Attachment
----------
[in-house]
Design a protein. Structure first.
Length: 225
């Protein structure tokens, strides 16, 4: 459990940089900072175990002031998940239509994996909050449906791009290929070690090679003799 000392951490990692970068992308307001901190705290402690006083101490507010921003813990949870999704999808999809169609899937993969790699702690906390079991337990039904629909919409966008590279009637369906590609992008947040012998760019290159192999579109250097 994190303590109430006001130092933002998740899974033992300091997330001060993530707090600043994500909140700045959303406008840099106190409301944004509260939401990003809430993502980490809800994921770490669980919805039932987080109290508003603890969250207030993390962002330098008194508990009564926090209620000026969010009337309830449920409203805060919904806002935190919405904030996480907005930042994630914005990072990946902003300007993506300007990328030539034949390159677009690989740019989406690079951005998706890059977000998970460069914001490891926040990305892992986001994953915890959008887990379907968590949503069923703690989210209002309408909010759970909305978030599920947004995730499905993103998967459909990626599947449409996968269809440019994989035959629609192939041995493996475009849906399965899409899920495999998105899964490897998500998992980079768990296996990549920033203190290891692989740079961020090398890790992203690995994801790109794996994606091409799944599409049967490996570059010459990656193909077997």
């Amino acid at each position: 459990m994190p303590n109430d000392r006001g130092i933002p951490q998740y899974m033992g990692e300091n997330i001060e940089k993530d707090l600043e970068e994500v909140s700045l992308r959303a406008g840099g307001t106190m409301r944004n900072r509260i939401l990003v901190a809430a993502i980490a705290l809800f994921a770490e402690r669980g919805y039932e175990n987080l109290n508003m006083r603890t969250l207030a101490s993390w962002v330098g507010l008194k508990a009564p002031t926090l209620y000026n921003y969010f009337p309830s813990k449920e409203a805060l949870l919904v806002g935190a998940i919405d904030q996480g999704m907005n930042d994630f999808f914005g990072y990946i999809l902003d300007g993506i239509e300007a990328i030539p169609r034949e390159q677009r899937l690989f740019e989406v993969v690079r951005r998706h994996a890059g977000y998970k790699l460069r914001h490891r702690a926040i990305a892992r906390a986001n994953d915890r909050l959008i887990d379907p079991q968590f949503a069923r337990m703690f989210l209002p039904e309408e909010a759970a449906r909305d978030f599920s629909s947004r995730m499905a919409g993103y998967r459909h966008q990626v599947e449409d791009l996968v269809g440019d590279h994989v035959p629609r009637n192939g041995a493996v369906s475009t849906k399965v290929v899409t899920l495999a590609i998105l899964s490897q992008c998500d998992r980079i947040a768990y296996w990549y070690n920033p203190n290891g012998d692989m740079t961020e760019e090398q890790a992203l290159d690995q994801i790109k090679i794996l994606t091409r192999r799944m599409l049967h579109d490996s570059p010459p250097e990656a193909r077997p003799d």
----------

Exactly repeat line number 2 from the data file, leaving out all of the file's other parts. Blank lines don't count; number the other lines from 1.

Design a protein. Structure first.